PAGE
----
A new era in autonomous navigation or for what did we drive toy-cars at CES 2019?
The Navigine team in partnership with Analog Devices created and presented a brand-new concept of autonomous car. Not only it is a cutting-edge marketing tool, it is also a hands-on demonstration of the operational capabilities of the new Analog Devices sensors. How does this project contribute to new generation of drones and trigger a revolution in autonomous navigation?
We have officially started 2019 year with an inspiring launch of our autonomous car project made in partnership with Analog Devices, a global leader company in the design and manufacturing of analog, mixed-signal, and DSP integrated circuits. This project was commenced in October and after three months of meticulous work on navigation algorithms, special drivers, prototype construction and components production was finally presented during Consumer Electronics Show (CES) January, 9-12 in Las Vegas, USA.
All visitors got an opportunity to drive four toy-cars (0,5 m X 0,3m size), equipped with Analog Devices company’s triaxial accelerometer and triaxial gyroscope, and to evaluate the performance of the sensors in terms of power and accuracy. The Navigine team created modified positioning algorithms for these autonomous cars. The obtained positioning accuracy became a convincing evidence of high quality and sophisticated technical characteristics of Analog Devices products compared to other products on the market.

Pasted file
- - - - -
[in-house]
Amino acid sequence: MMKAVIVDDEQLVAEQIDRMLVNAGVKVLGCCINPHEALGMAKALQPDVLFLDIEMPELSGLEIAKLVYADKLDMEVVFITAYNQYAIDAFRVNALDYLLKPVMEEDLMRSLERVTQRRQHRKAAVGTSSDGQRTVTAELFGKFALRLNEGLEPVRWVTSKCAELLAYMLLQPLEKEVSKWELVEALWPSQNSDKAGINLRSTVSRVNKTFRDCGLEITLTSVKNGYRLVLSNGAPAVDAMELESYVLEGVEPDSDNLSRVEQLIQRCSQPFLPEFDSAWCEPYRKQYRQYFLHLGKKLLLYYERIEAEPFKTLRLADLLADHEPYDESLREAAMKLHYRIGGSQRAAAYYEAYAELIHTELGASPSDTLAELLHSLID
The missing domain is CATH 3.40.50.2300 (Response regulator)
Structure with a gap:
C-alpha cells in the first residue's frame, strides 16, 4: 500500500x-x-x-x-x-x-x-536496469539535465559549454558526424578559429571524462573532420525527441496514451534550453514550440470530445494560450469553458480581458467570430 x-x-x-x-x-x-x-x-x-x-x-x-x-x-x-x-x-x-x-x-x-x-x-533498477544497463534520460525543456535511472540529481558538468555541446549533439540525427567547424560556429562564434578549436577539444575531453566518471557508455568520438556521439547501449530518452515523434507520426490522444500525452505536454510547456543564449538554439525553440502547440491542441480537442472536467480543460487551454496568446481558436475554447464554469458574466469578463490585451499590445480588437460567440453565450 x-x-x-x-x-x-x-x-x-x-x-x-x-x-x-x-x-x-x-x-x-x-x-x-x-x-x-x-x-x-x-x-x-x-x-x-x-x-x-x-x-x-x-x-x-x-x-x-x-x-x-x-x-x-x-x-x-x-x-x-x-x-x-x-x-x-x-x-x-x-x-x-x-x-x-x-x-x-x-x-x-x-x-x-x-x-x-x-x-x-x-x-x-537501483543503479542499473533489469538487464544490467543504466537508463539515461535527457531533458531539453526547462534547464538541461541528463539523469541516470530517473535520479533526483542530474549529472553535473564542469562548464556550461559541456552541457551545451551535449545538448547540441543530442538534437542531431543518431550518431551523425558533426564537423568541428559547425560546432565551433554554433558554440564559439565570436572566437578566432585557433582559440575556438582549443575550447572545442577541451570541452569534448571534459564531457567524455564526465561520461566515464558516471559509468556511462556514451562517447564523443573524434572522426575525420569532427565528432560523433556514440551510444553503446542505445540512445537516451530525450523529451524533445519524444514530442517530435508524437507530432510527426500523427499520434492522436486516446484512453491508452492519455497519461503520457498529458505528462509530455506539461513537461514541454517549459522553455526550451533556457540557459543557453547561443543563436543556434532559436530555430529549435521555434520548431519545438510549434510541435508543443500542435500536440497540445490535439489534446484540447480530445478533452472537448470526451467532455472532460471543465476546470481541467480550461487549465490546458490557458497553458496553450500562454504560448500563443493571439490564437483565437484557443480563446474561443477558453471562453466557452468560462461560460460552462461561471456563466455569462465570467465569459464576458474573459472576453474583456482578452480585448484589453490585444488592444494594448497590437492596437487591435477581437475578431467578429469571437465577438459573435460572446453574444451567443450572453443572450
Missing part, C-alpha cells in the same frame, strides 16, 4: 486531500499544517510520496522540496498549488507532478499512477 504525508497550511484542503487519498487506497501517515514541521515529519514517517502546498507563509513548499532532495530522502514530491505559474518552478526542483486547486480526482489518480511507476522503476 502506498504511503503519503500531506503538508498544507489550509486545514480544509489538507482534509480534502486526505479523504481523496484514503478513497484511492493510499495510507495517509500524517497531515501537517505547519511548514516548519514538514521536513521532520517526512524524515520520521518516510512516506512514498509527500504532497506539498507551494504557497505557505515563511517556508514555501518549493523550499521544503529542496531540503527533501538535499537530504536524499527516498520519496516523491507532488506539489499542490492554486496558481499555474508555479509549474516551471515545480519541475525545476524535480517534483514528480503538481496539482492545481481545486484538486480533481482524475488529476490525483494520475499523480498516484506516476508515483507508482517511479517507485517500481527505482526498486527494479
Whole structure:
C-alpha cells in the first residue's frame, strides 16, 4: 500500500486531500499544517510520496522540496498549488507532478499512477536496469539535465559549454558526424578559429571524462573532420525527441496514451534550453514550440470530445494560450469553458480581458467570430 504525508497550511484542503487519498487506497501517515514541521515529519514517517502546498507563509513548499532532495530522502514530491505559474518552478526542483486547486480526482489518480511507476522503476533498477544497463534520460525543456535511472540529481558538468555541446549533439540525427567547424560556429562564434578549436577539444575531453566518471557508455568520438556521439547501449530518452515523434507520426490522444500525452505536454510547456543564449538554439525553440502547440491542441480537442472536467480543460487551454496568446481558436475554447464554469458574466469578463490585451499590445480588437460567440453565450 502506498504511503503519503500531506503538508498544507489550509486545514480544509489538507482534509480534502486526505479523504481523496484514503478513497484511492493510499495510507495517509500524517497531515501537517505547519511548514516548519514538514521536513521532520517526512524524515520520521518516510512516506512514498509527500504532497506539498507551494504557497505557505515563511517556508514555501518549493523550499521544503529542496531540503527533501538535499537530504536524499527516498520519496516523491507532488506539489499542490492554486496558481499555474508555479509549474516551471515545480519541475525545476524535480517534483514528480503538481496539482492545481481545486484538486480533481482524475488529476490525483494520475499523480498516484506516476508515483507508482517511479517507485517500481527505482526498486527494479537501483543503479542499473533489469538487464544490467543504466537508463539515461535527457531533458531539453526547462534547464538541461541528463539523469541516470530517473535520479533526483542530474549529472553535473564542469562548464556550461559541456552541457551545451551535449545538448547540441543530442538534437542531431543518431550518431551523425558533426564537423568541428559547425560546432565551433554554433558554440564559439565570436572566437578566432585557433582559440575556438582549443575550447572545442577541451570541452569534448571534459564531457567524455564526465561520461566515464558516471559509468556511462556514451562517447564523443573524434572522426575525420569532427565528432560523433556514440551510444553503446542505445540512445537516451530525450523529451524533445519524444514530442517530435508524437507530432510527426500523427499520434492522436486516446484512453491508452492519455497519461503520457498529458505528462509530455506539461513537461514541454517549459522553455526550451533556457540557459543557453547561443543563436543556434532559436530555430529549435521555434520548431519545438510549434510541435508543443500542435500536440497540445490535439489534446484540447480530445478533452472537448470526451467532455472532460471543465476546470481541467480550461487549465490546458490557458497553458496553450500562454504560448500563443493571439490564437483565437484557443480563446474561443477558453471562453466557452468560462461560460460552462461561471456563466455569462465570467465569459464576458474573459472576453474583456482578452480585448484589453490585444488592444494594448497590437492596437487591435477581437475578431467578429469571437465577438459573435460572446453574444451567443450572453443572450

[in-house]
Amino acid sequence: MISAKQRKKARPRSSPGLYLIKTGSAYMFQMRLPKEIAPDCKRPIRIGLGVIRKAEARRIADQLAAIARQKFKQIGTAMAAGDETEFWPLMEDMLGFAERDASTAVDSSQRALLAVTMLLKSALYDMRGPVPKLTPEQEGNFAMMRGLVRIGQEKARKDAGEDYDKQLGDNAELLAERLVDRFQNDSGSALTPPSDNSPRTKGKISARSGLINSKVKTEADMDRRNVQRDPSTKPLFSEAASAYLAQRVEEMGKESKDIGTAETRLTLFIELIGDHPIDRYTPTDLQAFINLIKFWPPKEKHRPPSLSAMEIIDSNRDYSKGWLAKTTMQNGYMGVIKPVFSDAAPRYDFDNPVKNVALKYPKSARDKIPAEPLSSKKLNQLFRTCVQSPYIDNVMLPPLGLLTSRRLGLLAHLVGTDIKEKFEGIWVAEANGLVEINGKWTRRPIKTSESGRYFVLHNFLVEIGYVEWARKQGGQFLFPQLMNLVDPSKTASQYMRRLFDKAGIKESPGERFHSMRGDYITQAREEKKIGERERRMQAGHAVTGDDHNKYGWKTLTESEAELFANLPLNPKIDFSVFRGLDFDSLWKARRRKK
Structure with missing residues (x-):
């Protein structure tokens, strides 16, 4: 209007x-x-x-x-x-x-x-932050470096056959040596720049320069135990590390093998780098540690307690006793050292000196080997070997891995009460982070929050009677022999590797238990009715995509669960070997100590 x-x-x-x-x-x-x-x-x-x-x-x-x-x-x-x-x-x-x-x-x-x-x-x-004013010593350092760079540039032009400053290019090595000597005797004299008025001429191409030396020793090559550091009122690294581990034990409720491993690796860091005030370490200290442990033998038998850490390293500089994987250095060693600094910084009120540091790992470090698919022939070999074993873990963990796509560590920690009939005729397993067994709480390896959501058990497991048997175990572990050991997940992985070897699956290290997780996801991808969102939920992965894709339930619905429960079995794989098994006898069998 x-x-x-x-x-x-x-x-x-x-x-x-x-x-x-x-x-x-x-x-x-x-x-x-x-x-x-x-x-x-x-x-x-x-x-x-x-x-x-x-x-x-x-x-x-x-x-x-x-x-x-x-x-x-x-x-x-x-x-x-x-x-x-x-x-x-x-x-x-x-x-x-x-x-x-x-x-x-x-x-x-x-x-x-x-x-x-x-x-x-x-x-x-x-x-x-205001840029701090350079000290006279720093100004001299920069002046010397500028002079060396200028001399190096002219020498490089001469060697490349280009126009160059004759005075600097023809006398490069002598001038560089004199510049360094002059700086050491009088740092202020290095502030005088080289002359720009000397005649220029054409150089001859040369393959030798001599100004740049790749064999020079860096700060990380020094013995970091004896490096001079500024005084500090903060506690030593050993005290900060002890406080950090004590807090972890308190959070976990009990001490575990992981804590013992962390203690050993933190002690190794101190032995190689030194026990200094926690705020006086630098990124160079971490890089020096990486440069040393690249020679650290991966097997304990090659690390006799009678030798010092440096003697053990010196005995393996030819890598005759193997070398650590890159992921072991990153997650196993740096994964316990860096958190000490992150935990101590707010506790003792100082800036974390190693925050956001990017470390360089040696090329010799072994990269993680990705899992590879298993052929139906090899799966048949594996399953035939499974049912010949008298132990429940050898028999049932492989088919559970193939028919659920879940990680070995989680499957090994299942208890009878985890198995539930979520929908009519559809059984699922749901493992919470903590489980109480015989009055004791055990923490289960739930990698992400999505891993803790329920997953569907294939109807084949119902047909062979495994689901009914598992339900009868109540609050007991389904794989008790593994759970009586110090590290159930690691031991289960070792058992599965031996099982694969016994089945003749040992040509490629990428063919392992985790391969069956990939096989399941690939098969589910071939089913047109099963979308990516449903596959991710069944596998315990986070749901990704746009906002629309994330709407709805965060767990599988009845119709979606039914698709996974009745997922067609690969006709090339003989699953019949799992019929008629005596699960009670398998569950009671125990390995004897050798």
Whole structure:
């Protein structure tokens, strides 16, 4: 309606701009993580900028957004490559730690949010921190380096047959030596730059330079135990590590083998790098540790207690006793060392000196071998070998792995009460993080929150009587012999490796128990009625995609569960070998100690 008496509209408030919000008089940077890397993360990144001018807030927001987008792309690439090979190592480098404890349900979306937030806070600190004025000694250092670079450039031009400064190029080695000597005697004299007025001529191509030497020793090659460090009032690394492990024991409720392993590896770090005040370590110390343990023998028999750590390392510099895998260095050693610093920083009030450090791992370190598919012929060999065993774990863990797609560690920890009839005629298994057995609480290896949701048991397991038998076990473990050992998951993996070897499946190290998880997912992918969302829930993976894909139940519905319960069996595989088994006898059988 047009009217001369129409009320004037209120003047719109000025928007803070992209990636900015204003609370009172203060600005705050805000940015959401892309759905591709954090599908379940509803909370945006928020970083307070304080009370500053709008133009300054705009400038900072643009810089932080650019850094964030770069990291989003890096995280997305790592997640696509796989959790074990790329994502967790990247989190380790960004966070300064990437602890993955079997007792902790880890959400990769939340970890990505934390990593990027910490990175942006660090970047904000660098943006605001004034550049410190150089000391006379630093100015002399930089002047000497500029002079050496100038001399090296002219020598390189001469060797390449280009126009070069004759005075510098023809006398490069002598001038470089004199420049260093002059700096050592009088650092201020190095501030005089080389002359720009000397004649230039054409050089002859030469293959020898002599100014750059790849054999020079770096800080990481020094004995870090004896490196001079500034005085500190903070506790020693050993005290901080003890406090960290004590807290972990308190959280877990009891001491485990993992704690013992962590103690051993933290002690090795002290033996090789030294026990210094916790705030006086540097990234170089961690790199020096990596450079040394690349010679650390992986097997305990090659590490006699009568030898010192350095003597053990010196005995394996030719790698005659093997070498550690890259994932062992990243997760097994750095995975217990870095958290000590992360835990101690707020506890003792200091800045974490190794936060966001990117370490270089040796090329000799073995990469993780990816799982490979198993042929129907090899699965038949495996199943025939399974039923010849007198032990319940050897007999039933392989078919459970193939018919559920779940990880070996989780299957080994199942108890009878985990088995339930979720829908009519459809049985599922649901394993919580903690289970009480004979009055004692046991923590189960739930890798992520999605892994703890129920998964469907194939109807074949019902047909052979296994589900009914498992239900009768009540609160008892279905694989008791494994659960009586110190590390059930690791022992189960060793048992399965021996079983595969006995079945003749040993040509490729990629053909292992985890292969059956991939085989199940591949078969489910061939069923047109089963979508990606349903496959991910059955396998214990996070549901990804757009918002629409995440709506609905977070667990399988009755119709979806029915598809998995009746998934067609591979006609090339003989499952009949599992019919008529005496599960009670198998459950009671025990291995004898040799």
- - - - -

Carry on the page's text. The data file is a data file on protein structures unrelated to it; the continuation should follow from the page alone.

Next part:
This showcase was not only a great marketing experiment for visitors’ attraction and entertainment, but also a hands-on demonstration of the operational capabilities of the sensors. The real-life tests confirmed that the limits of Analog Devices sensors is higher than of those presented by competitor sensor manufacturer.
How was it?
So, how did we spend those fascinating days at CES? We drove cars, of course! And not only for entertainment.
While an toy-car was driving along a track, Navigine’s system recreated it’s trajectory on the screen. The positioning was based on the data collected via inertial sensors (accelerometer, gyroscope) as well as on the measurements of shaft revolutions and a level of pressure on a joystick trigger. Simultaneously a user could see a real trajectory of his car with the help of another computer model which was generated based on data from optical devices, and compare them. The smaller was a difference between these two trajectories, the recreated and the real, the better were the tested sensors.